How to knit a little boy's hat in the round using circular needles

This is a super-fast, over-the-weekend, sort of project that gets you from cast-on to finished results and final Ta-dah! in double-quick time.

Would you like to see Emi's hat, made to match the scarf that I knocked out for him last week?

Ok, well here it is:

It's rather cheerful, isn't it?

He told me that it was like wearing a hug on his head, which sounds positive. In fact, so happy was he with his new creation that he decided to style it his way and roll up the brim (as shown in the photo above). With that adjustment made, he wore it all day Sunday teamed with a T-shirt, because the weather was really mild for October.

I decided that the final contrasting circle before cast-off was a sufficient statement without adding a pom-pom; a bit of my less is more approach. Emi confirmed that this was how he liked it as well, adding that pom-poms were for babies.

Anyway, I rather like the understatement in that final circle.

If you 'd like to make it - think about all those Christmas presents that you're going to need to magic up in a few short weeks <panic!> - here's what you need and how to go about it.

I used less than a half of a 100g ball of Hayfield Bonus Chunky in grey (shade 0786) and lime (shade 0785), so that's what I decided to use.

Emi is 8 year's old and the hat was made with a diameter of roughly 50 cm. If you'd like to make it bigger or smaller you can adjust the size by adding or subtracting stitches in multiples of two.

Cast on 72 stitches in your main colour (grey in my case) on 6 mm, 40 cm loop, circular needles.

Part 1: knit the ribbing

First row: Using your first stitch connect both ends of the row, and mark what will be the end of the row with a loop of wool in a contrasting colour.  Having done this the first row is knit 2, purl 2 all the way to the end, and that first joining stitch should be a knit stitch, forming part of your first knit 2. You will end with a purl 2.

Second row: knit entire row.

Repeat these two rows until the ribbing at the bottom of your hat is as long as you'd like it to be, ending with a knit row. In my case I did 12 rows.

Part 2: knit the crown of the hat

Knit 10 rows - just plain knit stitch. When this is knit in the round, going in the same direction on each row, it produces the same texture as stocking stitch, where you knit and purl on alternate rows, back and forth changing direction at the end of each row.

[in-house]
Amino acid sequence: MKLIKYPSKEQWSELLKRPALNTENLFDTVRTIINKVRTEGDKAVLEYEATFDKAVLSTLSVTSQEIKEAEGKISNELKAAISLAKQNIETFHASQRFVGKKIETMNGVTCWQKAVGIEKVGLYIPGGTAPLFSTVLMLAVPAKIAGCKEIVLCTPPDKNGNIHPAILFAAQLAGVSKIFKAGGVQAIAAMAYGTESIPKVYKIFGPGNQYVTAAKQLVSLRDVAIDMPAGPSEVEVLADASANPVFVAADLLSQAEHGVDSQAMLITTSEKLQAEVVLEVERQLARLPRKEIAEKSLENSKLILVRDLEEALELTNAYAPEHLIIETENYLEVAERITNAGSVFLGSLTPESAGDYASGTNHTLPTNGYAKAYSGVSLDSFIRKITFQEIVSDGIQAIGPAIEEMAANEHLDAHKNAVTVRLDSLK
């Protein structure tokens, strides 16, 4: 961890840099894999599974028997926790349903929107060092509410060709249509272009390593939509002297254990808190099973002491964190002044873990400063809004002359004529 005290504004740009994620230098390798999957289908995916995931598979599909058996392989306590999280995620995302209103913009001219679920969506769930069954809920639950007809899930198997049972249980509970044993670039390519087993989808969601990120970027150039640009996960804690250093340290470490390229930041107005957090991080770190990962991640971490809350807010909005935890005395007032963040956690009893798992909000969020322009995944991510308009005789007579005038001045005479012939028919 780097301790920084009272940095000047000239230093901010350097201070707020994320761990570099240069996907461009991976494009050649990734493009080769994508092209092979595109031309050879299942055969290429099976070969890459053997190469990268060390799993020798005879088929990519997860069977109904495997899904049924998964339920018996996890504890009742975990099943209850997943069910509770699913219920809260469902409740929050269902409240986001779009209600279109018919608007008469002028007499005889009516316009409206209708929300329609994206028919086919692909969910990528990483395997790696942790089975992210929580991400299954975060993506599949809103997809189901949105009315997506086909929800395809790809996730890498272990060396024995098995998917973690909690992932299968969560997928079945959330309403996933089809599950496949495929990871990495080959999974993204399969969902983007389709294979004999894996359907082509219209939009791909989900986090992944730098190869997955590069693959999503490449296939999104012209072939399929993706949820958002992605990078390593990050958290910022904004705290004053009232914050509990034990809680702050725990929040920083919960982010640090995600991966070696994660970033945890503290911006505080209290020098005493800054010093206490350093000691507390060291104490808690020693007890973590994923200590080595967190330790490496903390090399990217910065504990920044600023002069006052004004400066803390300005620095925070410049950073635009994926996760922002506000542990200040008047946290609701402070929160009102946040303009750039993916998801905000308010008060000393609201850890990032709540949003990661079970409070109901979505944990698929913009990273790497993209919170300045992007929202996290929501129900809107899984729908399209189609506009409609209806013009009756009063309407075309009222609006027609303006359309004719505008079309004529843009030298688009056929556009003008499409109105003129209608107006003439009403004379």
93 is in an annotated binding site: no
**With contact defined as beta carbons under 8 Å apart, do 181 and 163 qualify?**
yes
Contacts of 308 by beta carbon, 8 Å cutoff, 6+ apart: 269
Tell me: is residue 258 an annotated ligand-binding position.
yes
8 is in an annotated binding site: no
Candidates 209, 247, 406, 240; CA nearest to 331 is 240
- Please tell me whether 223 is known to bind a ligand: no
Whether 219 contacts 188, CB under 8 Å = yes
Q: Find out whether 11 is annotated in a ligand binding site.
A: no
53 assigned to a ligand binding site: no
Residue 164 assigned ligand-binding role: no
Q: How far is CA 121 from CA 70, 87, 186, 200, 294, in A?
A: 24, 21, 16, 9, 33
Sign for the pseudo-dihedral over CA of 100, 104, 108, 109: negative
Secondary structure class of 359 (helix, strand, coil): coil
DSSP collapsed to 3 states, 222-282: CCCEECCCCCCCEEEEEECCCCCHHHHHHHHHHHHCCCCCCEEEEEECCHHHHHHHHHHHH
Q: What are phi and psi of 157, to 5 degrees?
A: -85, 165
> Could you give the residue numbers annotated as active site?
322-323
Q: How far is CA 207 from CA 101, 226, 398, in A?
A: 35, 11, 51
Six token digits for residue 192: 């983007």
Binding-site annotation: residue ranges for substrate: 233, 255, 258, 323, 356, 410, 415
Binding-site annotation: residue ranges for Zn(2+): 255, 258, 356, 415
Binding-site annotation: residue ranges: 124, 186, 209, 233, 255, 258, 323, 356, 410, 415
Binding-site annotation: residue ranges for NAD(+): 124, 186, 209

First contrasting row: join your contrasting colour (in my case lime) and knit one row.

Second contrasting row: Purl entire row. This will produce the ridge that gives the texture contrast.

Join the main colour again (grey in this case) and knit another 10 rows of plain knit stitch.

Join contrasting colour and add second contrasting stripe by repeating the first and second contrasting row instructions above.

Join grey wool again and knit 4 rows.

Part 3: Shaping the Crown

At this point move the stitches from the circular needles to a set of 4, double pointed 5 mm needles. You could use double pointed needles from the beginning. I don't because I have a strong preference for using circular needles that I can fold away and carry around easily in my handbag.

I use needles that are smaller to make the decreasing stitches of the crown more tightly woven. If you stay with the same size needle there's a risk that the tension will be too loose because of all the decreasing that's going on.

Divide the stitches equally between 3 of the double-pointed needles and use the fourth needle to knit the rounds (as set out below), continuing with the one-direction knitting.

Row 1: Knit 2, Knit 2 together to the end of the row. You should finish with 37 stitches on the needle.

Row 2: Knit to the end of the row.

Row 3: Knit to the end of the row.

Row 4: Knit 1, Knit 2 together to the end of the row. You should finish with 19 stitches.

Row 5: Knit to the end of the row.

Row 6: Knit to the end of the row.

Row 7: Knit 1, Knit 2 together to the end of the row. You should finish with 9 stitches.

Row 8: Knit to the end of the row.

Row 9: Change to the contrasting colour (lime in my case), and knit to the end of the row.

Row 10: Purl to the end of the row. (This is to make the final contrasting circle before cast-off)

Row 11: Purl 1, Purl 2 together to the end of the row. You should finish with 5 stitches.

Cut wool, and thread into a darning needle. Draw through the remaining stitches on the needles and fasten off. Darn in the loose ends and you're done.

It's about as easy as falling off a log, and you can always combine it with the even easier matching scarf, the pattern for which you can find here: Little boy's scarf pattern.

All the best for now,

Bonny x